In the late Spring of 2018, it was felt that Mississippi Mills with its diverse population and growing retired segment would be a perfect fit for a shed.
Our shed is called Naismith to honour our town's association with Dr James Naismith, the creator of basketball who came from Almonte which is inside the Town of Mississippi Mills and reflects the values he held dear such as a healthy body and mind. The family and his grandson are delighted by our choice of name.
Men Sheds presence is global with chapters in Australia, the United Kingdom, Canada and the United States. They have been around for 10 years or more. They offer men a social circle to belong to and a lifeline to men in crisis due to depression, isolation, bereavement or feelings of low esteem.
The Naismith shed boasts over forty members at last count and continues to grow. In addition to the friendship that shedders enjoy with each other, it also contributes to the community. So far it has completed several projects, including the assembly of raised accessible garden beds adjacent to the Community Friendship Ovens near the Almonte branch of the Mississippi Mills Public Library.
We built solitary bee condos for the Mississippi Madawaska Land Trust workshop located at High Lonesome near Pakenham. It proved to be a fantastic friendship building opportunity for the shedder team who assembled these structures. It was a learning experience that helped bring us closer together.
In November of 2018, we finalized agreements for two locations from which to work. We now have a space to meet and a "Shed with public exposure" at the Mill of Kintail Conservation Area and also a spectacular workshop in Appleton. The Mill of Kintail Gatehouse is where the shed meets every second and fourth Thursday at 10AM. On the first and third Thursday, we meet for breakfast at 8:00 AM at Mamma's Place restaurant on Ottawa Street in Almonte.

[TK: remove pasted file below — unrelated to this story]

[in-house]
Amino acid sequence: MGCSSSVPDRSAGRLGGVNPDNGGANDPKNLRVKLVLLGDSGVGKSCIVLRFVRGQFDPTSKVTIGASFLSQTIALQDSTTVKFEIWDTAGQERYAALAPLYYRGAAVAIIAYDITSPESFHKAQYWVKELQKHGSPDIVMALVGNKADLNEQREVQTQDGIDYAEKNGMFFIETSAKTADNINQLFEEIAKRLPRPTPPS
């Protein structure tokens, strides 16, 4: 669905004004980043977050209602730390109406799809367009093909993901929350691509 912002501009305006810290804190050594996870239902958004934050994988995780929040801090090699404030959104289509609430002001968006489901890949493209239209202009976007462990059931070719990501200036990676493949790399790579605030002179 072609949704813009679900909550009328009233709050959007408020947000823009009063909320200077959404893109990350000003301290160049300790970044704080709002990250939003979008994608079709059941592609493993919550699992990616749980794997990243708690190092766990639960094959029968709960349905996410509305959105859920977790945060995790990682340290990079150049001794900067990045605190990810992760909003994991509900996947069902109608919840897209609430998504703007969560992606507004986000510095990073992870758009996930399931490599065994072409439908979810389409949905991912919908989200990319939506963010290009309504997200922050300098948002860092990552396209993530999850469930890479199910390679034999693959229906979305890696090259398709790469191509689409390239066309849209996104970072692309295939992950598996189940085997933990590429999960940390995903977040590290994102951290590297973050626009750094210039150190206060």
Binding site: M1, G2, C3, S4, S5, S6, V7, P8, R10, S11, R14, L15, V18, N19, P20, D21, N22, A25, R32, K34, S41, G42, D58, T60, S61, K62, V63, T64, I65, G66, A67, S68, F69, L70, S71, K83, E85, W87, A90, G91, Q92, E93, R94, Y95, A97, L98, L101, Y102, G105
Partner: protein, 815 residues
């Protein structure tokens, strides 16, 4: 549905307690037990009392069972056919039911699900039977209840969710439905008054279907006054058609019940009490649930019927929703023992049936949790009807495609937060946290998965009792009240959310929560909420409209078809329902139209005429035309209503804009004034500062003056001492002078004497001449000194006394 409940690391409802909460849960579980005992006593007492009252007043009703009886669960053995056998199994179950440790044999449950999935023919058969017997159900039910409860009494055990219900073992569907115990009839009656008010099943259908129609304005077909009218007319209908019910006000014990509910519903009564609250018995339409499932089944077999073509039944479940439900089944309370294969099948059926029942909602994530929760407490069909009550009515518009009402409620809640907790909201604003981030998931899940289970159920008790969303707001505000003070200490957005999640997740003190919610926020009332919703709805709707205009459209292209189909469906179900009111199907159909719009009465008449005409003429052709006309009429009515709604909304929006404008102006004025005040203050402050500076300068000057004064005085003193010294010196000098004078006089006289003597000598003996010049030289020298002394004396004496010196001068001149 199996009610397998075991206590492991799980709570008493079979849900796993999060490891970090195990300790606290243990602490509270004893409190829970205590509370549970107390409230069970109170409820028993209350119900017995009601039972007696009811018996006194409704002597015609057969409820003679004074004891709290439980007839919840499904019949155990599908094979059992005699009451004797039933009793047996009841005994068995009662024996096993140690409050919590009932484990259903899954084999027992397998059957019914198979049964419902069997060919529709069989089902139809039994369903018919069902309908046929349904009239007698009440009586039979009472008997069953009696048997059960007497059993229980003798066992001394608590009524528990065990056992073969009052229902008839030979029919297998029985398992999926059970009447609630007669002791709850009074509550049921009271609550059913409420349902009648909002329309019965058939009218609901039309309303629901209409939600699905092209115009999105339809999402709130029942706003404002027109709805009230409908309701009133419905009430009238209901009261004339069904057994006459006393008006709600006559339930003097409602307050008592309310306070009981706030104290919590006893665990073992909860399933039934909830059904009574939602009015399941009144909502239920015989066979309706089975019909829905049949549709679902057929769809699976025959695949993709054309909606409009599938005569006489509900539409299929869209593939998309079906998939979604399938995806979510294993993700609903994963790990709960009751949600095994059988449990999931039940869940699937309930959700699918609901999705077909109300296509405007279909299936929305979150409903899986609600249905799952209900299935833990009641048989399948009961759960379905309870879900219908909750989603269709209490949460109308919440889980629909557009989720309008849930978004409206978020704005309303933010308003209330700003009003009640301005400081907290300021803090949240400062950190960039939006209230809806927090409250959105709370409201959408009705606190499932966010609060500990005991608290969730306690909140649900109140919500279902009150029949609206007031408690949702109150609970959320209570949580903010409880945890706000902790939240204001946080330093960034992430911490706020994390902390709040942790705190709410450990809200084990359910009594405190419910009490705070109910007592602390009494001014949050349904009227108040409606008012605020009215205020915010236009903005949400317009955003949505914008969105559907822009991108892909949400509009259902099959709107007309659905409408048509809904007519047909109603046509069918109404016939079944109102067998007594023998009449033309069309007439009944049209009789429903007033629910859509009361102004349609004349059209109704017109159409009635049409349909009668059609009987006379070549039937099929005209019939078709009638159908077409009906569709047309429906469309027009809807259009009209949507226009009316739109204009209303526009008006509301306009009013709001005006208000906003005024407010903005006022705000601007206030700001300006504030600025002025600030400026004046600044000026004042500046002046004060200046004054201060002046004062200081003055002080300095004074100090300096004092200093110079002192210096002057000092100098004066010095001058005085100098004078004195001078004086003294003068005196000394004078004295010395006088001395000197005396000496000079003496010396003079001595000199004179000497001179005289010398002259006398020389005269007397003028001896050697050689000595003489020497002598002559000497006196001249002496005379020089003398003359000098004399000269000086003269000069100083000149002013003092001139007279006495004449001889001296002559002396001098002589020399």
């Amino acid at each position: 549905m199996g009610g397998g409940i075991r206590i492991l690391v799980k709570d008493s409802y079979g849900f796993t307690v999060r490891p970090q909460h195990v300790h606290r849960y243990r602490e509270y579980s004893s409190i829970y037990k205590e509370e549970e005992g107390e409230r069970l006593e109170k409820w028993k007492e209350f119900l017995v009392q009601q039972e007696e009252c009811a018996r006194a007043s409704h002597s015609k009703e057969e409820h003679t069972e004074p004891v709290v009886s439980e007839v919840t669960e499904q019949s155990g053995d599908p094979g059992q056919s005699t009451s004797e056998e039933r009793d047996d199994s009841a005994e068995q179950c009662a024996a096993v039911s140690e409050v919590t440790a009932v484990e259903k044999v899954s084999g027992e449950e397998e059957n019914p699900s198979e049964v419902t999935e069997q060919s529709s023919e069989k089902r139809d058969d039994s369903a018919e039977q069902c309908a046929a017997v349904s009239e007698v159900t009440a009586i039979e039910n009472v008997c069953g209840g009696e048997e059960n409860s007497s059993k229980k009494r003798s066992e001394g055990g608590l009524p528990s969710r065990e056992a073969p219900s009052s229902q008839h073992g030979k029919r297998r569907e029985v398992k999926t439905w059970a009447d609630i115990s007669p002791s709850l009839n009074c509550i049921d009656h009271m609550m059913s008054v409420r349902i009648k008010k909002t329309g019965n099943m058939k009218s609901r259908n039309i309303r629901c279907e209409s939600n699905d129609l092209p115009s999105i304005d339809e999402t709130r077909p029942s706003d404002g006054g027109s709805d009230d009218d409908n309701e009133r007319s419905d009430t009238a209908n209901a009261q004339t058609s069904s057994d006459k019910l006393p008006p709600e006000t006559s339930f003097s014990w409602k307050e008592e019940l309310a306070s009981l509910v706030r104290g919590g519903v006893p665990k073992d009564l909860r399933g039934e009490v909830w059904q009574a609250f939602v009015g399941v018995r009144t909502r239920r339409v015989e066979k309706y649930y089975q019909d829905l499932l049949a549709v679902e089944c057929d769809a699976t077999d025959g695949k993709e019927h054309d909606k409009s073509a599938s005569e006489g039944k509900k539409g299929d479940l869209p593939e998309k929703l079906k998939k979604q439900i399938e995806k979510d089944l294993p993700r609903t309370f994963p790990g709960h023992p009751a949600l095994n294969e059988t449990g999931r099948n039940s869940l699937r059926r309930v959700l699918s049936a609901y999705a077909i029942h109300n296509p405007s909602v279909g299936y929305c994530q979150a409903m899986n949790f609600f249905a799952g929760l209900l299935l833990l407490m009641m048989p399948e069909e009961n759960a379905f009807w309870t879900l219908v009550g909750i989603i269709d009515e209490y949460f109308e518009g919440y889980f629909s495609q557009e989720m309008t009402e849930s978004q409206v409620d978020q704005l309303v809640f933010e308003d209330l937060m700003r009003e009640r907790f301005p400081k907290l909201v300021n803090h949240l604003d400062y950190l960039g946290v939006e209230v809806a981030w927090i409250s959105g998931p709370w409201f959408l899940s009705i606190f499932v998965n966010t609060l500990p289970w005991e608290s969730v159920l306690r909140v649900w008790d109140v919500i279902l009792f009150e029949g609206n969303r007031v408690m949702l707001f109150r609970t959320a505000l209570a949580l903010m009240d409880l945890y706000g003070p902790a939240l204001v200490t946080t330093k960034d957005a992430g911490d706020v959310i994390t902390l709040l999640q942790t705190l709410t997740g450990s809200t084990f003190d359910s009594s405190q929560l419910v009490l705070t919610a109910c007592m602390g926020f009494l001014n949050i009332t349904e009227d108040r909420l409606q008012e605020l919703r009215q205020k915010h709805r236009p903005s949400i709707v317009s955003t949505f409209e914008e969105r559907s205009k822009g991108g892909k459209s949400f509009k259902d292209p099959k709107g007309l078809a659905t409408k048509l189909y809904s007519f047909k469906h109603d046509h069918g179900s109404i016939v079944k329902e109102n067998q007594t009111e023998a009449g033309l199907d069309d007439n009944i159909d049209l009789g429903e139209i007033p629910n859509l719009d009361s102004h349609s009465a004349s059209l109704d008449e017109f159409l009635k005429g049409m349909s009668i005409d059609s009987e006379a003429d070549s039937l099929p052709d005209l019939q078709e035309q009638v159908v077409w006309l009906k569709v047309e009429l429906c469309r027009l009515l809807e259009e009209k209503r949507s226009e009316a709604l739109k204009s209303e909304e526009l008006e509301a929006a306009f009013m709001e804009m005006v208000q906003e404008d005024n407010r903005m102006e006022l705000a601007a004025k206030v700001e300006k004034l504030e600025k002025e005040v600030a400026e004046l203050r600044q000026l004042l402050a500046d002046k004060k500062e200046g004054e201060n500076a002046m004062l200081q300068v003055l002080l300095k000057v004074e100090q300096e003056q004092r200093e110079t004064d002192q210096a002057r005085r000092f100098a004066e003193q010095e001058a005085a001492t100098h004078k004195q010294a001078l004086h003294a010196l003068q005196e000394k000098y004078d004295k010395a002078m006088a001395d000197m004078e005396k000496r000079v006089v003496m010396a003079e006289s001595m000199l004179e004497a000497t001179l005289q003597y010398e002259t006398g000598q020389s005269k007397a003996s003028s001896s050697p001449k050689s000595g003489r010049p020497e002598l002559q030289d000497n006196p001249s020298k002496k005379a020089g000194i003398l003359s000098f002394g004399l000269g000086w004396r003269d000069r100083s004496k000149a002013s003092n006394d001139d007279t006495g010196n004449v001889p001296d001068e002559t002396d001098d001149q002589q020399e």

The Appleton workshop is a place where shedders can enjoy making things shoulder to shoulder.
Now one year old and facing a new year brimming with new opportunities, we shedders have already finished building forty bat-houses for the Canadian Wildlife Federation. And are building more for their online store.
We have built blue-bird nest box kits for the town's MVFN's Young Naturalists to assemble and install.
There is the possibility that we will doing some baseboard installation at the Mississippi Valley Textile museum; and, without any doubt, volunteer work at the Mill of Kintail Conservation Area.
All of this work, or simply socializing and enjoying each others company, gives men the chance to meet on their terms and do guy things.